The monstrous-looking, hulking Bane (Tom Hardy). Ra’s Al Ghul’s successor intends to finish off Gotham once and for all, forcing Batman to come out of his virtual retirement.

Eight years have passed since Bruce Wayne/Batman (Christian Bale) defeated the Joker, killed the District Attorney, Harvey Dent, and disappeared. Since then, Gotham has branded Batman an enemy, after he took responsibility for Dent’s crimes to uphold the reputation of the ‘White Knight.’ Whilst away from his former exploits, Bruce has been a recluse, investing some of his considerable wealth in peaceful nuclear energy and the Wayne Foundation, where he uses the expertise of Miranda Tate (Marion Cotillard) to good effect.

However, Gotham now faces a new threat. The League of Shadows has returned and is led by the masked, super-strong Bane (Tom Hardy), who is out to destroy Gotham and Batman with it. After Commissioner James Gordon (Gary Oldman) is wounded trying to take out Bane, leaving the police almost solely in the hands of the young idealist officer, John Blake (Joseph Gordon-Levitt), Bruce feels that the time has come to don the bat-gear again. But how will Gotham take to his return? And what will Batman do with the criminal Selina Kyle/Catwoman (Anne Hathaway), who has a mysterious interest in Wayne Manor and Wayne Enterprise?

Rises’ plot might be slow-moving for the first hour and it certainly requires great levels of concentration for the entire 164 minutes; yet, the film is intellectually-stimulating, absorbing and multi-layered. It also builds up to a stunning, well-thought-through climax, ensuring that those who give the movie their full attention will be rewarded.

One of the most satisfying aspects of the storyline is that Nolan cleverly links Rises with Batman Begins and The Dark Knight, the two previous instalments in the series. He does this by making the caped crusader rise to a new mental and physical challenge, which is a direct result of his prior victory over the League of Shadows; and by illustrating the relevance of Batman and Harvey Dent as symbols of hope against injustice and corruption. (Not to mention demonstrating how susceptible the fabrics of society are to implosion when the symbols are smashed.)

Selina Kyle (Anne Hathaway) wearing her figure-revealing ‘cat’ outfit while she steals what she needs at night and fights her way out of trouble.

Furthermore, Nolan intelligently incorporated genuine, present-day issues and analogies into the previous two films to make them relatable to the epoch. He does it again in Rises. Like in The Dark Knight, he throws in moral and ethical dilemmas here to illustrate just how tough and messy decisions can be for our political leaders (in the war on terror). And, like in Batman Begins, Nolan underlines how sophisticated, scientific technology can be used as weapons. In the first film in the series, it was the dangers of microwave emitters. In the third, it’s the threat posed by ‘peaceful’ nuclear programs (Iran) and what happens should they fall into the wrong hands.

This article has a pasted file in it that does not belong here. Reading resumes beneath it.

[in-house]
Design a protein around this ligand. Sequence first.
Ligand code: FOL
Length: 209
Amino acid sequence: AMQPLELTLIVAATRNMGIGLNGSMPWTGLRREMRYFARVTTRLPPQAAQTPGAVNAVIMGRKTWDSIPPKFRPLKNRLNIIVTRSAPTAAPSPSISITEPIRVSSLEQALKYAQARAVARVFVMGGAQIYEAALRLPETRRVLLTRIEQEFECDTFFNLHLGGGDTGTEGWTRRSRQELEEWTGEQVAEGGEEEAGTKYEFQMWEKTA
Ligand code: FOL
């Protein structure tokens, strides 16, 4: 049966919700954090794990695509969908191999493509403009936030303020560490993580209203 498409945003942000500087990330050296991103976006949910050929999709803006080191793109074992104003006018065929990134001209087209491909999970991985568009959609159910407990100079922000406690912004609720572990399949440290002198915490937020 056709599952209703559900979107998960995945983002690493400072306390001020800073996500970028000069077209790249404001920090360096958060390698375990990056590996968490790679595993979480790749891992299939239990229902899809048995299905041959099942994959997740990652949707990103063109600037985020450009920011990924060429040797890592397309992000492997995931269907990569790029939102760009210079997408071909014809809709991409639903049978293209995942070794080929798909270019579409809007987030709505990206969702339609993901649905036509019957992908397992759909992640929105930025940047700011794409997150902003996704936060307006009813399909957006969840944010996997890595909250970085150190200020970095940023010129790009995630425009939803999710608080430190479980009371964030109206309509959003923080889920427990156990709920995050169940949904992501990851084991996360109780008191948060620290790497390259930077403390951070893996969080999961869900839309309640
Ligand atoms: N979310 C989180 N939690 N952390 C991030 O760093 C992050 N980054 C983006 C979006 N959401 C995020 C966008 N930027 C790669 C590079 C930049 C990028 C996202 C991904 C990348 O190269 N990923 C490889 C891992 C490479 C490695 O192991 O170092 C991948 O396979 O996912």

Arguably, Rises lacks a character with the charisma of the Joker, especially as he is Batman’s traditional nemesis. Nevertheless, the astuteness of the plot and the excellence of the cast make up for this absence. Christian Bale superbly reveals the psychological torment and the multifaceted nature of Bruce Wayne that makes all other comic-book based protagonists, such as those in Fantastic Four, The Avengers Assemble and Spiderman appear immature and superficial by comparison; Anne Hathaway looks as eye-catching in tightly-fitted latex as she plays; Michael Caine again gives a touching performance as Alfred, Bruce’s wise fatherly butler, as does Morgan Freeman as the humorous Lucius Fox, the head of Wayne Enterprise; and, lastly, Tom Hardy is terrifying as Bane.

Just as Nolan did with the villains Scarecrow, the Joker and Two-Face in the other movies, he’s turned Bane from a pantomime fool (as was seen in the unwatchable 1997 Batman & Robin) into a complex and sinister character, with a distressing backstory. It is not merely Bane’s brute strength and intelligence that’s scary, it’s also the glint of frightening fanaticism in his eyes which was probably last seen with Ayatollah Khomeini, the late leader of the 1979 Iranian Revolution.

Batman (Christian Bale), with renewed vigour, battling it out with Bane to save Gotham from destruction.

While the actors do their parts splendidly, so too do the special effects team and Hans Zimmer. The effects look so real, viewers have to remind themselves that CGI was used. Similarly, the score may not be as grand or uplifting as the one composed by Howard Shore for The Lord of the Rings; nonetheless, the dark disposition of Rises entails that Zimmer’s gothic-style music is apt and augments the scenes exponentially.